Meteorites & Astronomy, An Intimate Connection



Image : a kilogram lot of unclassified chondrites from the Saharan Desert, shown with an Edmund RKE 28mm eyepiece.

To me, meteorites and astronomy are forever connected. I am a stargazer and telescope gearhead, and I discovered meteorites through a friend who writes an astronomy column for his local newspaper. Now, after several years of indulging both interests (meteorites and telescopes), I focus mainly on meteorites. But when studying meteorites, I always end up seeing an astronomy connection.

When we look at craters on the moon in our eyepieces, we are seeing the impact sites that launched the lunar meteorites we now have on Earth in our collections. Holding a lunar meteorite is the closest thing we "normal folk" will come to touching the Moon where the Apollo astronauts once walked.

When we are peering at Mars in our scopes, we are looking at the source planet for the Martian meteorites in our collections. Some Martian meteorite types (Nakhlites) show the same intriguing structures seen in the famous NASA "Martian Micro-Fossil Meteorite" (ALH84001). When we hold a Martian meteorite, we are not only holding a piece of Mars, there is a possibility we are holding tiny traces of ancient life from another world.

Astronomer Richard Kowalski found the incoming asteroid 2008TC3 at the Catalina Sky Survey. This asteroid was accurately tracked and predicted to strike the Earth in the remote Sudanese desert of North Africa. The asteroid plummeted to Earth in the predicted area and a shower of rare meteorite fragments was discovered. This meteorite is now called Almahata Sitta and it is the first asteroid in space to be tracked to Earth and recovered. It is a rare type of ureilite meteorite that contains high concentrations of nanodiamonds.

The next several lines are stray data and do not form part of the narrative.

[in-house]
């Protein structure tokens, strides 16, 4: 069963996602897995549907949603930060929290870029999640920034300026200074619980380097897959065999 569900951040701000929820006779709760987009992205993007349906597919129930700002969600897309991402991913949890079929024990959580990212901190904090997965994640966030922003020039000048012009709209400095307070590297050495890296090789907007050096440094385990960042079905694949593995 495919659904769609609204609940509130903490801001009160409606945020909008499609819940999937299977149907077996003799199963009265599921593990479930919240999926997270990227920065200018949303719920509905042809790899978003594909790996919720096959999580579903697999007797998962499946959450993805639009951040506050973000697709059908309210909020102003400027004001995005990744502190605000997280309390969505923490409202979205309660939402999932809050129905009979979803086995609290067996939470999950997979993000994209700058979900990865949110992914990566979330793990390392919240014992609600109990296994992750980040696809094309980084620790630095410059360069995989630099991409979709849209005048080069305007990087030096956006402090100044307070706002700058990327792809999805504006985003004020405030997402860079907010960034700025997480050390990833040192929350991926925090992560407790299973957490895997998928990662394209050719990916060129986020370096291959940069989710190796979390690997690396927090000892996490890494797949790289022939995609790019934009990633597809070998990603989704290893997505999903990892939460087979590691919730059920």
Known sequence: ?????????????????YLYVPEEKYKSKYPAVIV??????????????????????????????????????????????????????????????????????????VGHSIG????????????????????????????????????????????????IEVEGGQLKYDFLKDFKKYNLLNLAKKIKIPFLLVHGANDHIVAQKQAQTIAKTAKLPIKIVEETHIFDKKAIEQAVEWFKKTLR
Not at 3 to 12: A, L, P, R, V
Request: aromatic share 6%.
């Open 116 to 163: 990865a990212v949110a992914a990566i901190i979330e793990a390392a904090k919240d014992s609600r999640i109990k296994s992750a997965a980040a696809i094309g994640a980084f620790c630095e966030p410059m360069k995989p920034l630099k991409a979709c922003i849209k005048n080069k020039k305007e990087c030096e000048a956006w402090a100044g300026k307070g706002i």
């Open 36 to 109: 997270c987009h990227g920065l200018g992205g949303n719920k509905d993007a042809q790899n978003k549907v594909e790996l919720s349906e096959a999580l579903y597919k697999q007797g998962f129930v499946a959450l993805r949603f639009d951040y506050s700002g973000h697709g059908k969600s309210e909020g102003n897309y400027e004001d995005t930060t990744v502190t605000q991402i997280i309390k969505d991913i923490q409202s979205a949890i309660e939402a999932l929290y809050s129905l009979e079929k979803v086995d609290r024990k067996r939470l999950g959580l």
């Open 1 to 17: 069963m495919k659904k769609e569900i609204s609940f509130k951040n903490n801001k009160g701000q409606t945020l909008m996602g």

Carbonaceous chondrite meteorites contain a strange mixture of ingredients that includes water, rare exotic minerals, and amino acids. The Chicxulub impactor that caused the extinction of the dinosaurs may have been a carbonaceous chondrite. And much earlier impacts from similar meteorites may have helped seed the ingredients of life here on Earth. The carbonaceous chondrites Murchison and Tagish Lake contain many critical amino acids - on larger fresh specimens, you can actually smell the aroma given off by the volatile organic compounds still present in the meteorite.

The NASA Dawn probe is now in orbit around the asteroid Vesta, where it is sending back stunning images of the planetoid's surface. Vesta is not only visible in our telescopes, it is also the origin for an entire class of related meteorites called HED group (Howardite, Eucrite, Diogenite). The massive craters visible on the scarred surface of Vesta are the sources of the HED meteorites in our collections. It is possible to hold a piece of the brightest asteroid in the solar system in your hand.

Several other meteorite types have been matched to specific asteroids, and the vast majority of all meteorites originate in the chaotic main asteroid belt between Mars and Jupiter. So the meteorite collector can own a collection of samples from several different parent bodies in our Solar System, including the Moon, Mars, Vesta, and others.

Much is published and discussed about the science of meteorites and their parent body origins, but this only scratches the surface of the overall story. Suffice to say, a lot of hard work, risk, expense, and patience go into finding and recovering meteorites. The best places to find meteorites on Earth also happen to be some of the most remote and hostile environments on the planet, and each meteorite can tell many stories, both scientific and personal. These space rocks are like time-capsule samples from other worlds, and with meteorites we can actually touch the worlds we see in our telescopes.

Thanks for reading and keep looking up!